28. Technique: Use Cases • Use Cases, like storyboards, identify the who, what, and how of system behavior. • Use Cases describe the interactions between a user and a system, focusing on what they system “does” for the user. • The Use Case model describes the totality of the systems functional behavior. • Early stages: After you have an overview of the use cases, perhaps only by a phrase apiece, expand 10% of them in detail. • More later …

  29. Technique: Role Playing – variant on use cases • Role playing allows stakeholders to experience the user’s world from the user’s perspective. • A scripted walkthrough may replace role playing in some situations, with the script becoming a live storyboard. (Class-Responsibility-Collaboration (CRC) cards, often used in object-oriented analysis, are a derivative of role playing.)

  30. Technique: Prototyping • Prototyping is especially effective in addressing the “Yes, But” and the “Undiscovered Ruins” syndromes. • A software requirements prototype is a partial implementation of a software system, built to help developers, users, and customers better understand system requirements. • Prototype the “fuzzy” requirements: those that, although known or implied, are poorly defined and poorly understood.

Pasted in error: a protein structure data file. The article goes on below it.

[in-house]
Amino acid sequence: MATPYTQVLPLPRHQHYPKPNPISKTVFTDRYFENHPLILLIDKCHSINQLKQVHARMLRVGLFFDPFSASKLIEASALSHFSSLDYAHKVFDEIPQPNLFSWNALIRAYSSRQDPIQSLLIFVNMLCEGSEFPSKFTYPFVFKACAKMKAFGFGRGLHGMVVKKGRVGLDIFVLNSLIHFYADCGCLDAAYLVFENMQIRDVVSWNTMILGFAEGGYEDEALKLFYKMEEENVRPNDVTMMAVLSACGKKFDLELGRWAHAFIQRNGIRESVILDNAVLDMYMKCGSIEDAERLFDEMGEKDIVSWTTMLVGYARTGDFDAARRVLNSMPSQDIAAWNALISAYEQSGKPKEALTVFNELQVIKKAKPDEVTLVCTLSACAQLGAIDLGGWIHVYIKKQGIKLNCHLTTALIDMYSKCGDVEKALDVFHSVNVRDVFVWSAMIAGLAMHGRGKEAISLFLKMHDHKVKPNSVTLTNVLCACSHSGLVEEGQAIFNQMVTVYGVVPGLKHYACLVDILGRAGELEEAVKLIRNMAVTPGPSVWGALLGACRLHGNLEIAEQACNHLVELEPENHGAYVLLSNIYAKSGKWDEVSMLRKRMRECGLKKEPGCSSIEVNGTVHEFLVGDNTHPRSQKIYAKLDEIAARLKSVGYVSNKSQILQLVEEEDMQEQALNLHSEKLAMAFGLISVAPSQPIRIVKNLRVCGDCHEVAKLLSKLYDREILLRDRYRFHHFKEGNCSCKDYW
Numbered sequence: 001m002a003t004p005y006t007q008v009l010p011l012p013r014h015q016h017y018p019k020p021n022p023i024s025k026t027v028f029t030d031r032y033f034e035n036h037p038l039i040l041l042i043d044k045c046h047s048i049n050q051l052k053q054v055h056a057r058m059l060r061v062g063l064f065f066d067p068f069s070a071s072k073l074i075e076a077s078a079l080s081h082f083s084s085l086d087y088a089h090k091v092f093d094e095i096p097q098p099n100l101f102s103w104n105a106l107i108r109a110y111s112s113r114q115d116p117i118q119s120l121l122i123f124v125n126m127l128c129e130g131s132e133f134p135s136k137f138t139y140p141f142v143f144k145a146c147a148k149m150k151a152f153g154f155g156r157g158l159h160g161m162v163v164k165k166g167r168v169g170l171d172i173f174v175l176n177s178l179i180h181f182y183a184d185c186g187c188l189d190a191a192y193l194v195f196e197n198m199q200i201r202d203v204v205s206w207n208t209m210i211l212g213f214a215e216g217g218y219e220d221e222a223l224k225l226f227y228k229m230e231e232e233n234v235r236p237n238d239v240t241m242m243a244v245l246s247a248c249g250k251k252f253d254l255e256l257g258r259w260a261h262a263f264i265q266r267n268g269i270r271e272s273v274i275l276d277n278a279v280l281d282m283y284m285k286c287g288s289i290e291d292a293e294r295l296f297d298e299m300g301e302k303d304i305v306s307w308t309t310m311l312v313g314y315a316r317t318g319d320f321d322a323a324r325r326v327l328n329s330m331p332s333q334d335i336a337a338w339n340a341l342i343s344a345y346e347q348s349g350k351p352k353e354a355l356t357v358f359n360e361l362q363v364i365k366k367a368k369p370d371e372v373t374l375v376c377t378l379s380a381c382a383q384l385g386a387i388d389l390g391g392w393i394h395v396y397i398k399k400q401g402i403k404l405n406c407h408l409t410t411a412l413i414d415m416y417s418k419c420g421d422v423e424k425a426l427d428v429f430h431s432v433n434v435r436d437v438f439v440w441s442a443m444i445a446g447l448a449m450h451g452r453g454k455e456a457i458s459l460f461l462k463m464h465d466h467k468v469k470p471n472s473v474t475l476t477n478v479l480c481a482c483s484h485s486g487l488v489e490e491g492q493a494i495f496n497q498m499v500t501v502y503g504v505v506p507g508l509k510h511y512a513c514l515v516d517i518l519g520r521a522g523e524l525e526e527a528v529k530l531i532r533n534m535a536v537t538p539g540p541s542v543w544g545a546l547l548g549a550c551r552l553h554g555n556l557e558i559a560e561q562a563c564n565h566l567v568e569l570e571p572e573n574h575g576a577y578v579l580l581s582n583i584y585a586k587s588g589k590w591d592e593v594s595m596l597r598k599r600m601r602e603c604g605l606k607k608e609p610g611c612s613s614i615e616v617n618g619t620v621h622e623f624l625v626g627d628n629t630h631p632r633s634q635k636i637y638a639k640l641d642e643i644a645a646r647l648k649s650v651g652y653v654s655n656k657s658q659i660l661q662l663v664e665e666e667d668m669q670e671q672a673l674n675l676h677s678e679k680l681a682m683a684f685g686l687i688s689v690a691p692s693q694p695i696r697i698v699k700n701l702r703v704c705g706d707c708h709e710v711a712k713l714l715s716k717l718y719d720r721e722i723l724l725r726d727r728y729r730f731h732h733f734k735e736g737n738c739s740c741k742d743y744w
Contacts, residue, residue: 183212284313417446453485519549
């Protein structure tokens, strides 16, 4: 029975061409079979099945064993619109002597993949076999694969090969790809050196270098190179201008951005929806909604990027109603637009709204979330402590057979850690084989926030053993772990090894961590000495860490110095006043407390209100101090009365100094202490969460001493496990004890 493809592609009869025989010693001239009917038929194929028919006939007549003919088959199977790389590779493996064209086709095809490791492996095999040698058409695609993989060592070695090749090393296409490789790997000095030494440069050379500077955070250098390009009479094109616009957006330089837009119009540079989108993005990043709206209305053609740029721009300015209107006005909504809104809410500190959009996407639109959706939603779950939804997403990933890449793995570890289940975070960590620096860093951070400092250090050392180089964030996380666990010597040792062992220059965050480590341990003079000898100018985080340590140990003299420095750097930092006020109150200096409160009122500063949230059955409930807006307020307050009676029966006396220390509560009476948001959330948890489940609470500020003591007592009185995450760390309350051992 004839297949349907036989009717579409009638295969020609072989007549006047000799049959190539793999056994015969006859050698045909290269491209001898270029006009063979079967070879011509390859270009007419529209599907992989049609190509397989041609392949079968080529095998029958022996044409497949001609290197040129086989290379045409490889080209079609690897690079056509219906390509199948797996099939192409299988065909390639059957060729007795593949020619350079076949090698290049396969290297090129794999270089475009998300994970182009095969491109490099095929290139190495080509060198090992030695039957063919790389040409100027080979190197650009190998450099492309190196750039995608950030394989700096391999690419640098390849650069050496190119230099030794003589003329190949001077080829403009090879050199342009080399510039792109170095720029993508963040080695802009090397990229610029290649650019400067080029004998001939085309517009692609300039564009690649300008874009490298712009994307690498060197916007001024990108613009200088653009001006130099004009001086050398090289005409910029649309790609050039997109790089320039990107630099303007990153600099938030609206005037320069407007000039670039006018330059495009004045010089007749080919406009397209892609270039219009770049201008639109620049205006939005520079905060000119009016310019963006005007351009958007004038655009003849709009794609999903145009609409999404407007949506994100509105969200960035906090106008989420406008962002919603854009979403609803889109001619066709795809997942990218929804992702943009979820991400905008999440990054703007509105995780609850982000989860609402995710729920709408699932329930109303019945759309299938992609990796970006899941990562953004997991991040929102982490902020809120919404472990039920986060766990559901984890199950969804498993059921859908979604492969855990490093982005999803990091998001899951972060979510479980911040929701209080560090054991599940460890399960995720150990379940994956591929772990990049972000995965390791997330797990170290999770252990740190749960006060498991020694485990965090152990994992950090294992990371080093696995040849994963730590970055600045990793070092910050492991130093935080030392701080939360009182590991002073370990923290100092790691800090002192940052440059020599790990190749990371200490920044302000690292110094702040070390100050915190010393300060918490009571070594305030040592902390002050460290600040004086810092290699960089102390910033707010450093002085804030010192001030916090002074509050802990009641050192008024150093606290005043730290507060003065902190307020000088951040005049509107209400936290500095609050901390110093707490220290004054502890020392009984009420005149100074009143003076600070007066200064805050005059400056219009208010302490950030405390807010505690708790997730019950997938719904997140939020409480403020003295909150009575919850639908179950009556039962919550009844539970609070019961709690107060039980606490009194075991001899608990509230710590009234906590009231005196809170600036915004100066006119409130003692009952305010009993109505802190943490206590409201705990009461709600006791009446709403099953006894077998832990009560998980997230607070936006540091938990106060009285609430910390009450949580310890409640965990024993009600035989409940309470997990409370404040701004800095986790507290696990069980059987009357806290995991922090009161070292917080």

31. What do all of these have in common?

  32. Coming next • Vision document • Supplementary specification • Larman’s (and others’) term • Everything in the IEEE 830 doc except the use cases

  33. References • 1 “Requirements Engineering A good practice guide,” Ian Sommerville and Pete Sawyer, John Wiley and Sons, 1997 • 2 “Managing Software Requirements; A Unified Approach,” Dean Leffingwell and Don Widrig, Addison-Wesley, 2000 • 3 Software Quality Measurement for Distributed Systems, RADC-TR-83-175 • 4 Requirements Engineering, Thayer, SMC 10/97, version 2 • 5 Richard Thayer, Software Requirements Engineering, IEEE, 1997 • 6 STEP, Operational Requirements for Automated Capabilities, STEP, 1991 • 7 MBASE, “Avoiding the Software Model-Clash Spiderweb,” IEEE Computer, November, 2000, pp. 120-122.